India, one of the most polluted countries in the world, does not have a standard for many harmful chemicals and gases, and thus has no way to monitor or regulate them, the report said.
The study by the Community Environmental Monitors, or CEM, an independent environmental and health agency, is India's first comprehensive national survey of ambient air. The group based its findings on a two-year survey carried out in 13 locations around the country.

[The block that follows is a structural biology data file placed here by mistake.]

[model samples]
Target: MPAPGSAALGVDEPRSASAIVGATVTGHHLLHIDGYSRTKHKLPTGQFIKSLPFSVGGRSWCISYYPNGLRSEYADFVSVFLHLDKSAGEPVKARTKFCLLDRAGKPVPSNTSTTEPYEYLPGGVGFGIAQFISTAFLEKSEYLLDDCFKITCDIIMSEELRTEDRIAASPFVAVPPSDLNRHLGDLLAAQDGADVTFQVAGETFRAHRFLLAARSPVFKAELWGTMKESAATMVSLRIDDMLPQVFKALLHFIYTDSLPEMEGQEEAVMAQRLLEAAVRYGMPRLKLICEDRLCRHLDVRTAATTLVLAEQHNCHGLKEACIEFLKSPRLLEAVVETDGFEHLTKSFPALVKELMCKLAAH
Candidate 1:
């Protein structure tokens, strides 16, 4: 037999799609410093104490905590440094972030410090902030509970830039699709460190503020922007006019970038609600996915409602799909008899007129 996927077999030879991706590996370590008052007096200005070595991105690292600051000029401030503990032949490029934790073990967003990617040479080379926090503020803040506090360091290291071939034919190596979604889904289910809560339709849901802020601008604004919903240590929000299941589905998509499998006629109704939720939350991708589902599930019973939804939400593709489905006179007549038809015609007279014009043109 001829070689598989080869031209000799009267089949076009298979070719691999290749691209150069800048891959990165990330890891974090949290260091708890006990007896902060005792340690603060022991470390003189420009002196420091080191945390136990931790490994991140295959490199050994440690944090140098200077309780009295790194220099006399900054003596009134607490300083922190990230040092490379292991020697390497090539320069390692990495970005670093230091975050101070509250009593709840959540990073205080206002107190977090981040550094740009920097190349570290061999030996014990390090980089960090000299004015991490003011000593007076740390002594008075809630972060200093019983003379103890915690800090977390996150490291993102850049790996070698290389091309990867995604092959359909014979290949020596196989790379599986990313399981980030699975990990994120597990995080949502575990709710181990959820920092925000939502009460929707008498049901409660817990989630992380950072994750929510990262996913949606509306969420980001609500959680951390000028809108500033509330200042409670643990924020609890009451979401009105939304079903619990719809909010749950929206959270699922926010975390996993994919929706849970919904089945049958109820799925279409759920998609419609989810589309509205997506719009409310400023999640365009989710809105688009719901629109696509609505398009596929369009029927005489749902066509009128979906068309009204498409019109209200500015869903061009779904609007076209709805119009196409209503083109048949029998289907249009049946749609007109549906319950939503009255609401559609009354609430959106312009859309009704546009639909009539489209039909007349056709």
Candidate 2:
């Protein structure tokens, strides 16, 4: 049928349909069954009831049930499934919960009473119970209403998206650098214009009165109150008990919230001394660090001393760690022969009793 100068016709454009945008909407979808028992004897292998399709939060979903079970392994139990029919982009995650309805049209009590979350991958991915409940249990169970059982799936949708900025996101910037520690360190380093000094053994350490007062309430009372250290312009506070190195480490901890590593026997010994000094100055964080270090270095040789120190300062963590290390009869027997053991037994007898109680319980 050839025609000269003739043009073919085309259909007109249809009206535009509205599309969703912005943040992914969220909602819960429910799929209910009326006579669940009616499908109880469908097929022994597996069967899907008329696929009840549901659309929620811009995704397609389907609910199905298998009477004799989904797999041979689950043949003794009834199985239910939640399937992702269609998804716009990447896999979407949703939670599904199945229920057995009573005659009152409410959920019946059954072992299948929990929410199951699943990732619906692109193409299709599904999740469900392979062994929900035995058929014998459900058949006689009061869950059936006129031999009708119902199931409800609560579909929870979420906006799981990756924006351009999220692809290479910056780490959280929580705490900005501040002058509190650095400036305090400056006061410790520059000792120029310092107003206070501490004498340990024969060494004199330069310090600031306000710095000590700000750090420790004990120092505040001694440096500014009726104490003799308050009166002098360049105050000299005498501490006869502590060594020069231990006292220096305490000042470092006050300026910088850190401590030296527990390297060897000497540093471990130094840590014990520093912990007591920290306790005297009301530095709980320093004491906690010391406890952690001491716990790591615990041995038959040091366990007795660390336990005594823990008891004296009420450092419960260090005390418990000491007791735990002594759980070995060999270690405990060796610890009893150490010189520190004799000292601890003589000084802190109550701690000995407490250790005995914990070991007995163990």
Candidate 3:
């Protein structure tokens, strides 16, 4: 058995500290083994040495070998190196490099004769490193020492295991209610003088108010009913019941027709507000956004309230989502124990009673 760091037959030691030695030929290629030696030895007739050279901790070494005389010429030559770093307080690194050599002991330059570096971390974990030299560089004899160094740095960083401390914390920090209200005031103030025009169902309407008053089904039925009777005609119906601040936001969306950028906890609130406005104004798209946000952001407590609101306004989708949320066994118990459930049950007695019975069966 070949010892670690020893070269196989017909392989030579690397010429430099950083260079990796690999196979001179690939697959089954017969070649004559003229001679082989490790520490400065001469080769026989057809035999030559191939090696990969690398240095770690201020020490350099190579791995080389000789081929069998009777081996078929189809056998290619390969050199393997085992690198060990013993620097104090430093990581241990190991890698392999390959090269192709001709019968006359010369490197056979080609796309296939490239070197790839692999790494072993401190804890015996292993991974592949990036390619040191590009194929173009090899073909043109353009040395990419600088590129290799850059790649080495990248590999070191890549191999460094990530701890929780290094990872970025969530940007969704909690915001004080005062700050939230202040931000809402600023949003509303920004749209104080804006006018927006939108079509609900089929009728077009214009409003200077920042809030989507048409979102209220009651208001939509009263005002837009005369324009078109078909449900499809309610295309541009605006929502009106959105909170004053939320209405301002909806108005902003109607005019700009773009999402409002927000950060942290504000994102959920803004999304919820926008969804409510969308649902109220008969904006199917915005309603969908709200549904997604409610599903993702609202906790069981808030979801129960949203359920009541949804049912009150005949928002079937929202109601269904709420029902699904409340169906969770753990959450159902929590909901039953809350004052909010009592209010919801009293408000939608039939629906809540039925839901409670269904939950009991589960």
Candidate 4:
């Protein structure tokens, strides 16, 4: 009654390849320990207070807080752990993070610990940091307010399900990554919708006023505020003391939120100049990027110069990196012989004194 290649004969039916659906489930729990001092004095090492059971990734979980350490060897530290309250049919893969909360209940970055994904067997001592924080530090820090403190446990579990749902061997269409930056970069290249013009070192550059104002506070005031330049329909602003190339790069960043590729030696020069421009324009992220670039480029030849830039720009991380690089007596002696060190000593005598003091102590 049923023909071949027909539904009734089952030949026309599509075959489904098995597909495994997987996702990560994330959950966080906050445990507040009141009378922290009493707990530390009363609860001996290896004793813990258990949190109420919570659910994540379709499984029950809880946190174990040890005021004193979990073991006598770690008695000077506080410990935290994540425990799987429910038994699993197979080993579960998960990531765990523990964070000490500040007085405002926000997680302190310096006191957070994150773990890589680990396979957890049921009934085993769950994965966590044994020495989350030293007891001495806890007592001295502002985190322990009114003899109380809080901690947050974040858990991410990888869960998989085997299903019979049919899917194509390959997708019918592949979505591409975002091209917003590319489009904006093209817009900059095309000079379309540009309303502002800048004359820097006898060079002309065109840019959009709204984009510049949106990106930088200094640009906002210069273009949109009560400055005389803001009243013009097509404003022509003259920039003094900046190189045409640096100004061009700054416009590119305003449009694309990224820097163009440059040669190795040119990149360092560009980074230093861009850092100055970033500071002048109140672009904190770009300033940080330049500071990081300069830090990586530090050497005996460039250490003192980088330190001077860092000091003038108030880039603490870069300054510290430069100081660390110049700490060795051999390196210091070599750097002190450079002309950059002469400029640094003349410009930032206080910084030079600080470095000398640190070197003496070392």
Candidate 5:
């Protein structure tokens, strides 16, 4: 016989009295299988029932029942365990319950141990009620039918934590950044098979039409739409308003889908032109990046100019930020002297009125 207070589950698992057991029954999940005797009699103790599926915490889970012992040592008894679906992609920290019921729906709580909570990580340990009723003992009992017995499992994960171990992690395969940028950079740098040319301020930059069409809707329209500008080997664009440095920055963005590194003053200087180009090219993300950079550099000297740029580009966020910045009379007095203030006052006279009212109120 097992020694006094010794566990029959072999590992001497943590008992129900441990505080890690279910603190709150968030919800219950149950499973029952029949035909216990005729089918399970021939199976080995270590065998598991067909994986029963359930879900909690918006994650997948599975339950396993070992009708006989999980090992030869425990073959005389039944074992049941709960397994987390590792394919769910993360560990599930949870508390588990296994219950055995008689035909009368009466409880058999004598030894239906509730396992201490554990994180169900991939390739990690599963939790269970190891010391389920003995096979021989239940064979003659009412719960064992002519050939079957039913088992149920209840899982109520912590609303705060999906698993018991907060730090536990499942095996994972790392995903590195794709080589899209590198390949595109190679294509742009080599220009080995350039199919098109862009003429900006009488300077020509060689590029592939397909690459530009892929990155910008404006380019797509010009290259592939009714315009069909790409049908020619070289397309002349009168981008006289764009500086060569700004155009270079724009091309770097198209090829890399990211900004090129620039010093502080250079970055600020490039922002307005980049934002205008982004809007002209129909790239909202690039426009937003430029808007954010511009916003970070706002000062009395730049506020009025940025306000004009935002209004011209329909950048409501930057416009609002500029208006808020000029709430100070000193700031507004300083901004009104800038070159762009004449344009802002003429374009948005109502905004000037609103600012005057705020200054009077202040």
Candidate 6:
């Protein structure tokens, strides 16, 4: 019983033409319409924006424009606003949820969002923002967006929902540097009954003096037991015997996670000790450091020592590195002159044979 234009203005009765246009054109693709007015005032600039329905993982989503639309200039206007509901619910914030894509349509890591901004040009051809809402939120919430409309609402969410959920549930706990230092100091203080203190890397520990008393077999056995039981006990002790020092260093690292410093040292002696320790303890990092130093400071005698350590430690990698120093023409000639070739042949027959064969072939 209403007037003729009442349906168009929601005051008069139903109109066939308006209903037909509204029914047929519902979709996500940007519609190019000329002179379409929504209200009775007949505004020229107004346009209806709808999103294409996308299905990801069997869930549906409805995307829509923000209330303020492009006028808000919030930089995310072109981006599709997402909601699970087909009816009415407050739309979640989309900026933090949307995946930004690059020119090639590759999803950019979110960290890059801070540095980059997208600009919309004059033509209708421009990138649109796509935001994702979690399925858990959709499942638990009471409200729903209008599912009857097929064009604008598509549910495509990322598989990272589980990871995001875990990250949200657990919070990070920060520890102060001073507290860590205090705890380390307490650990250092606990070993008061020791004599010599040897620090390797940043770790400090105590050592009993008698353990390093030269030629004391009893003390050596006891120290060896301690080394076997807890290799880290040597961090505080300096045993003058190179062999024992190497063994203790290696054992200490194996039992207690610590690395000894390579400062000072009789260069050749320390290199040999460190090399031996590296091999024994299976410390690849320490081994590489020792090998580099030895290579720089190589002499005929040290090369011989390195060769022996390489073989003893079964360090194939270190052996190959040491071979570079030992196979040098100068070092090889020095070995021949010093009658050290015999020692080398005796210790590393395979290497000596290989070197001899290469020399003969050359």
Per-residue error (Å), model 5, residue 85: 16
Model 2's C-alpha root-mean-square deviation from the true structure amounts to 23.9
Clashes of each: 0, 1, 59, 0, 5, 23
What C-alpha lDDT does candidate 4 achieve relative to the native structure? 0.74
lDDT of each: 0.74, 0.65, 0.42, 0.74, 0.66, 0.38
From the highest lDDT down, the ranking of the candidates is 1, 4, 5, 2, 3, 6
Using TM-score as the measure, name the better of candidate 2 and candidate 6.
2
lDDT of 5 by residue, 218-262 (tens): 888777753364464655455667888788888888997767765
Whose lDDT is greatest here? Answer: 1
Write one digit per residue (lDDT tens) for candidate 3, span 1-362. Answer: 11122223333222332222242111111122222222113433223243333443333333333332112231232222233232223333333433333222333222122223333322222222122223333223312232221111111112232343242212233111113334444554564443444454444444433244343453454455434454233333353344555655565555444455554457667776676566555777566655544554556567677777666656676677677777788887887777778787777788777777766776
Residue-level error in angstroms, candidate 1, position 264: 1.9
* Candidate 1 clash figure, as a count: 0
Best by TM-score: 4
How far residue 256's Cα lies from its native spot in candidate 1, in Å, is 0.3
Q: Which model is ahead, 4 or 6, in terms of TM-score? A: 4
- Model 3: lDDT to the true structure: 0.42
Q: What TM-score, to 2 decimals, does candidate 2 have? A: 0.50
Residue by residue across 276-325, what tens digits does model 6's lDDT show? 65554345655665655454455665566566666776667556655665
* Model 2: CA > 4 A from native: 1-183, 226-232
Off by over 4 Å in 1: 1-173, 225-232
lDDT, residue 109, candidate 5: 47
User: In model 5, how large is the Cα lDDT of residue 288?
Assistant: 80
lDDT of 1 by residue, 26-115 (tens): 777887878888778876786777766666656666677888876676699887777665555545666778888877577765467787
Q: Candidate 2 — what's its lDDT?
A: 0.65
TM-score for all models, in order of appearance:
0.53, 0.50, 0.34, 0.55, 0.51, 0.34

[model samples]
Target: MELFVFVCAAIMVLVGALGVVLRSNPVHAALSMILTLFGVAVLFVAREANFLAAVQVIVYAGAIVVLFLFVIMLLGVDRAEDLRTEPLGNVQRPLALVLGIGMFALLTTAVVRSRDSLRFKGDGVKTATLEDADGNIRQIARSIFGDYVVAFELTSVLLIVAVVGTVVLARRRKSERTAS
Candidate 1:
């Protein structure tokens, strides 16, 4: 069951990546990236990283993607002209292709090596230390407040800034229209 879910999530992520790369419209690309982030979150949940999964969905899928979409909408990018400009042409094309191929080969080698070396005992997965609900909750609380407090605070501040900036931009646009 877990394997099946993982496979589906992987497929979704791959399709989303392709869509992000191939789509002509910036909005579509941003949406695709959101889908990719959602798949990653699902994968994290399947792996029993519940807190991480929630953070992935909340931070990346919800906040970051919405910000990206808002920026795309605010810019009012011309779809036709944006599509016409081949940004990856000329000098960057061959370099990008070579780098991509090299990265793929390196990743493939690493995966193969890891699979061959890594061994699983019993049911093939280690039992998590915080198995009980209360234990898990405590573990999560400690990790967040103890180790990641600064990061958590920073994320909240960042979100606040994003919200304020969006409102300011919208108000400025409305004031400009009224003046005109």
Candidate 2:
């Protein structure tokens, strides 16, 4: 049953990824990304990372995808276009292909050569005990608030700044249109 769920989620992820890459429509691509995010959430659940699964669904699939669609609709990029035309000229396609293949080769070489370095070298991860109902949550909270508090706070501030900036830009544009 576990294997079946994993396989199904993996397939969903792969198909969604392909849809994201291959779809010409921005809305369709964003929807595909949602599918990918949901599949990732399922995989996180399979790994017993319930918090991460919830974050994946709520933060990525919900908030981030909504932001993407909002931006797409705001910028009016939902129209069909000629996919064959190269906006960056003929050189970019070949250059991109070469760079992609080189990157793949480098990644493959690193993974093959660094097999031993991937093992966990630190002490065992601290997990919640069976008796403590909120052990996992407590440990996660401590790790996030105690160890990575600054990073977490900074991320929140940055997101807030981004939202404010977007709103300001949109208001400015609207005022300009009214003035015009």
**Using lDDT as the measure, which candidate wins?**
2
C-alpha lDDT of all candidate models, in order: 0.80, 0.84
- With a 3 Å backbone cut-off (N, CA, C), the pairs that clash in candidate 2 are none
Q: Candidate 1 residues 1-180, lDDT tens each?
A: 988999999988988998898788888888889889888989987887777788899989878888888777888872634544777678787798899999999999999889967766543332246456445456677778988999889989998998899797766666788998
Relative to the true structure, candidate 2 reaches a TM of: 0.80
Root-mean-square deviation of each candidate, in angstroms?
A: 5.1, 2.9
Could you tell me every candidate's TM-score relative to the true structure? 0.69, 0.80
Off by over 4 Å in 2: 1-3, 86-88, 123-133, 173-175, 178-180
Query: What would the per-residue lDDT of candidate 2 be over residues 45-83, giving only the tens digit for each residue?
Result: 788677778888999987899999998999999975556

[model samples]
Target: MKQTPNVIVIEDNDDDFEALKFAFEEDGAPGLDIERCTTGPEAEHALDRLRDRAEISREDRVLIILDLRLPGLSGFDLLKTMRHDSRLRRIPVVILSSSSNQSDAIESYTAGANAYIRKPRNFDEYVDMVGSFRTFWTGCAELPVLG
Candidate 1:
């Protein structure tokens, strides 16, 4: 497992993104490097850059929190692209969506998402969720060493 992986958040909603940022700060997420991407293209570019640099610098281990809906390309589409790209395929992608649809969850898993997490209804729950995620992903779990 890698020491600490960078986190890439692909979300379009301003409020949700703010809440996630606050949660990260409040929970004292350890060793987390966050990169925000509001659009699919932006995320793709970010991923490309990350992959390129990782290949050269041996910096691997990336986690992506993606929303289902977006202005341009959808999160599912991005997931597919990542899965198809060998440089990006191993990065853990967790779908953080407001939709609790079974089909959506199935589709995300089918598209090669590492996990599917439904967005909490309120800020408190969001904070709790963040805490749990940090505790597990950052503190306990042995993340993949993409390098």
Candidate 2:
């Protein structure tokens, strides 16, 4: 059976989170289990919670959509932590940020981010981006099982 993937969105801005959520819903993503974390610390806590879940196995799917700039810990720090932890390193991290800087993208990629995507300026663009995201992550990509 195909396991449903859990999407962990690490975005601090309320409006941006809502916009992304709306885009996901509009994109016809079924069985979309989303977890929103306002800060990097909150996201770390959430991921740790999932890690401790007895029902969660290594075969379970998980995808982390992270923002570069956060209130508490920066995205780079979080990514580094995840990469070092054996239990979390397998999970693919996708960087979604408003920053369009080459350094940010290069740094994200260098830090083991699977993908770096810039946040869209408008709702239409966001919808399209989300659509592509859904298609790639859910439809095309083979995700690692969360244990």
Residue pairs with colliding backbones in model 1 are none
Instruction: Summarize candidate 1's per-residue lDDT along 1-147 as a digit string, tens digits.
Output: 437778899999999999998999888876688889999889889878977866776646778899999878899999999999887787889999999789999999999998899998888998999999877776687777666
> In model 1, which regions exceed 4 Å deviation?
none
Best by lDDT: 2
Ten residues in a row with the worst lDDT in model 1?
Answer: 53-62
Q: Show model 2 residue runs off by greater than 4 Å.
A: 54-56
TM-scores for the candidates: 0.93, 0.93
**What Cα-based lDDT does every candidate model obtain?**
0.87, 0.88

The study found that millions of Indians in cities and villages were exposed to at least 45 dangerous chemicals, including 13 carcinogens, some of which were present at levels 32,000 times higher than globally accepted standards.
Last month, the World Bank said pollution was growing rapidly in India and China because of inefficient investment in energy.
India is mainly dependent on coal for its energy, but it has about 15 nuclear power plants and is under pressure to increase energy production to meet a furious pace of industrialization.